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Airbus Unveils Sustainability Vision at the Dubai Airshow
Interview with Airbus EVP of Communications, Corporate Affairs & Sustainability, Julie Kitcher.
At this year's Dubai Airshow, SimpliFlying CEO and founder Shashank Nigam interviewed Airbus EVP of Communications, Corporate Affairs & Sustainability, Julie Kitcher.
The discussion delved into Airbus' sustainability vision against the backdrop of the aircraft giant's announcement of a series of widebody orders at the show.
Navigating growth with an eye on sustainability
Amid Airbus's aircraft orders, the central question revolved around reconciling exponential growth in commercial aircraft—expected to soar from 25,000+ to 42,000 by 2042—with a commitment to sustainability.
Kitcher emphasised that the newly ordered aircraft were designed to be more fuel-efficient and less carbon-intensive:
"Only 25% of the world’s fleet flying today is actually flying on the latest generation technology. But by 2042, 100% of replacement aircraft will be the latest generation technology."
She underlined the pivotal role of technology in achieving this shift, predicting a 25% reduction in CO2 emissions with each new generation of aircraft.
Kitcher also highlighted the potential for additional CO2 reductions through improvements in air traffic management and ground handling operations, stressing the importance of technology in driving these advancements.
Furthermore, she shared Airbus's goal of having its aircraft certified for 100% Sustainable Aviation Fuel (SAF) use, compared to 50% today, while acknowledging existing challenges in SAF supply.
Hydrogen takes centre stage
Looking ahead, Airbus is placing its bets on hydrogen as a game-changing technology for deep decarbonisation in aviation. Kitcher said that Airbus is exploring both direct hydrogen combustion and hydrogen fuel cell technologies.
The company aims to introduce the first hydrogen-powered commercial aircraft into service by 2035.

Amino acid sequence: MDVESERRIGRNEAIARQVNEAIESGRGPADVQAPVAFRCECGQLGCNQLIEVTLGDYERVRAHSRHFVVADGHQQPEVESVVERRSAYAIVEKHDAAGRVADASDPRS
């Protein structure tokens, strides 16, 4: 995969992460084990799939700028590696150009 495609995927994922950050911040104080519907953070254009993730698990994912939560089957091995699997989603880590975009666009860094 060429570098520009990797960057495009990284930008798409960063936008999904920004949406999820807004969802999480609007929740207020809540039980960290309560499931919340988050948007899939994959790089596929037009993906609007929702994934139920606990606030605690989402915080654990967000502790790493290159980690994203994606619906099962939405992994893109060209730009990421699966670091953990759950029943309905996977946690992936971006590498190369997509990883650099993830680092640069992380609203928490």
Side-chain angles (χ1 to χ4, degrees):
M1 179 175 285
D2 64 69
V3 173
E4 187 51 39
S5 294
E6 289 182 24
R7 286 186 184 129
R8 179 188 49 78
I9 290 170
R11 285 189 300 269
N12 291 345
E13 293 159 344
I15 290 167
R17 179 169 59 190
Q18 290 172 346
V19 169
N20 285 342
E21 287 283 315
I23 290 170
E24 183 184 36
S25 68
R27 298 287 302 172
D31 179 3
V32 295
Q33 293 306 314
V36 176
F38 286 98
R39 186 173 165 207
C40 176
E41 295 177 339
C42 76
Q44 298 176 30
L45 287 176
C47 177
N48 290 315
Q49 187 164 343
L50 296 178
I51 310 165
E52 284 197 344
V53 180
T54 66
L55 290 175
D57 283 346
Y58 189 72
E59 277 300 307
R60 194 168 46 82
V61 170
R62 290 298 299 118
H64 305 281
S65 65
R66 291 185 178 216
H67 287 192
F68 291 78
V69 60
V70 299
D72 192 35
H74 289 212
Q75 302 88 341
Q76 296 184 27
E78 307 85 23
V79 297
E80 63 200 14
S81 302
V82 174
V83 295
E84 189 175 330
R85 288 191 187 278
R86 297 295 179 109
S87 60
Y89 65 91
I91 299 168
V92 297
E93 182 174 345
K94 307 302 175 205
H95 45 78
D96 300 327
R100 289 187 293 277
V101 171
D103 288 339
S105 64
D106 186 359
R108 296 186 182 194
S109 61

While Kitcher would not be drawn about the ultimate winner in hydrogen technology, Airbus's collaboration with Ariane (specialising in space launch rockets) on liquid hydrogen solutions was revealed.
This comes as the space industry has extensive experience in being able to store liquid hydrogen storage at ultra-low temperatures — which is needed when hydrogen is used as an aircraft fuel source.
Accountability with SBTi measurement
To address scepticism surrounding sustainability claims within the aviation industry, Kitcher highlighted Airbus's commitment to accountability.
The company's targets have been audited by the Science Based Targets Initiative (SBTi), ensuring alignment between aspirations and actions.
Airbus has committed to reducing Scope One and Scope Two emissions by 63% by 2030 and Scope Three emissions by 46% by 2035.
While talking about SBTi, Kitcher introduced an innovative carbon reduction initiative, discussing the replacement of Airbus's shipping fleet that transports aircraft components worldwide with lower carbon alternatives.
The new fleet, supported by wind-assisted propulsion, is projected to halve average annual transatlantic CO2 emissions from 68,000 to 33,000 tonnes by 2030.
Kitcher also highlighted that Airbus is now putting SAF on delivery flights of new aircraft, working directly with the airlines.
At the Dubai Air Show, Airbus used an A350 aircraft for flying displays, which was also powered by 40% SAF.
A Call for Unprecedented Collaboration
In her closing remarks, Kitcher acknowledged the monumental challenge of industry decarbonisation, emphasising the need for unprecedented collaboration across stakeholders.
Kitcher identified key contributors, including customers, suppliers, research institutes, energy providers, and airworthiness and certification authorities. She also underscored the importance of market-based measures to propel the industry toward sustainability.
Ending on a positive note, she expressed Airbus's belief that the aviation industry can genuinely decarbonise, encapsulating the sentiment in a single word: “conviction”.
“We have the conviction that this industry can truly decarbonize.”
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